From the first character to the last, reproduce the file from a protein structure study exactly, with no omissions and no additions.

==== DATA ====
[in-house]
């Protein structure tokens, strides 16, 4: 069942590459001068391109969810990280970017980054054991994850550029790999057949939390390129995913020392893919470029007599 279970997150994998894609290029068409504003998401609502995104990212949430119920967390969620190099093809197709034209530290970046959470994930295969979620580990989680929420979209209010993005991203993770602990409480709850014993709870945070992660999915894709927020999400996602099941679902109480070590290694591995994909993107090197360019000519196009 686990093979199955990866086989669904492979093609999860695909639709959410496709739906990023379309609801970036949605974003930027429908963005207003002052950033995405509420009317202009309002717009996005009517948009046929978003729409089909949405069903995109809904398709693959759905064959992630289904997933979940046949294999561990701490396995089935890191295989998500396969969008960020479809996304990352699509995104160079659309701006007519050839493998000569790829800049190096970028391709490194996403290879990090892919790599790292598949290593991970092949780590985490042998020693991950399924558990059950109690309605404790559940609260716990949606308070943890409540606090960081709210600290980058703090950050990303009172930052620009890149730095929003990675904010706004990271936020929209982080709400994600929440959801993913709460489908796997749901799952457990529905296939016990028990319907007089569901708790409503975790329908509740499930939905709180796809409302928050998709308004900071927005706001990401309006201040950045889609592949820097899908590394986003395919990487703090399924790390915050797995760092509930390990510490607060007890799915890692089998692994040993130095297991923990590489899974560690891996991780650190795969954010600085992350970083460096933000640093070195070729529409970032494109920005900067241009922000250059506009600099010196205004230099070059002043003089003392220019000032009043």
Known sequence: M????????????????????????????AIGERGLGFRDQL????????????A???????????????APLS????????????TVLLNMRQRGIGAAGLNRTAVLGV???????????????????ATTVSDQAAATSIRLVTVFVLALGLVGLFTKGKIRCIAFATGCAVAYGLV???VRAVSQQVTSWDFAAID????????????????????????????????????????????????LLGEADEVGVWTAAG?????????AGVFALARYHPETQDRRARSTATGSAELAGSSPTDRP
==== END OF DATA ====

[in-house]
């Protein structure tokens, strides 16, 4: 069942590459001068391109969810990280970017980054054991994850550029790999057949939390390129995913020392893919470029007599 279970997150994998894609290029068409504003998401609502995104990212949430119920967390969620190099093809197709034209530290970046959470994930295969979620580990989680929420979209209010993005991203993770602990409480709850014993709870945070992660999915894709927020999400996602099941679902109480070590290694591995994909993107090197360019000519196009 686990093979199955990866086989669904492979093609999860695909639709959410496709739906990023379309609801970036949605974003930027429908963005207003002052950033995405509420009317202009309002717009996005009517948009046929978003729409089909949405069903995109809904398709693959759905064959992630289904997933979940046949294999561990701490396995089935890191295989998500396969969008960020479809996304990352699509995104160079659309701006007519050839493998000569790829800049190096970028391709490194996403290879990090892919790599790292598949290593991970092949780590985490042998020693991950399924558990059950109690309605404790559940609260716990949606308070943890409540606090960081709210600290980058703090950050990303009172930052620009890149730095929003990675904010706004990271936020929209982080709400994600929440959801993913709460489908796997749901799952457990529905296939016990028990319907007089569901708790409503975790329908509740499930939905709180796809409302928050998709308004900071927005706001990401309006201040950045889609592949820097899908590394986003395919990487703090399924790390915050797995760092509930390990510490607060007890799915890692089998692994040993130095297991923990590489899974560690891996991780650190795969954010600085992350970083460096933000640093070195070729529409970032494109920005900067241009922000250059506009600099010196205004230099070059002043003089003392220019000032009043």
Known sequence: M????????????????????????????AIGERGLGFRDQL????????????A???????????????APLS????????????TVLLNMRQRGIGAAGLNRTAVLGV???????????????????ATTVSDQAAATSIRLVTVFVLALGLVGLFTKGKIRCIAFATGCAVAYGLV???VRAVSQQVTSWDFAAID????????????????????????????????????????????????LLGEADEVGVWTAAG?????????AGVFALARYHPETQDRRARSTATGSAELAGSSPTDRP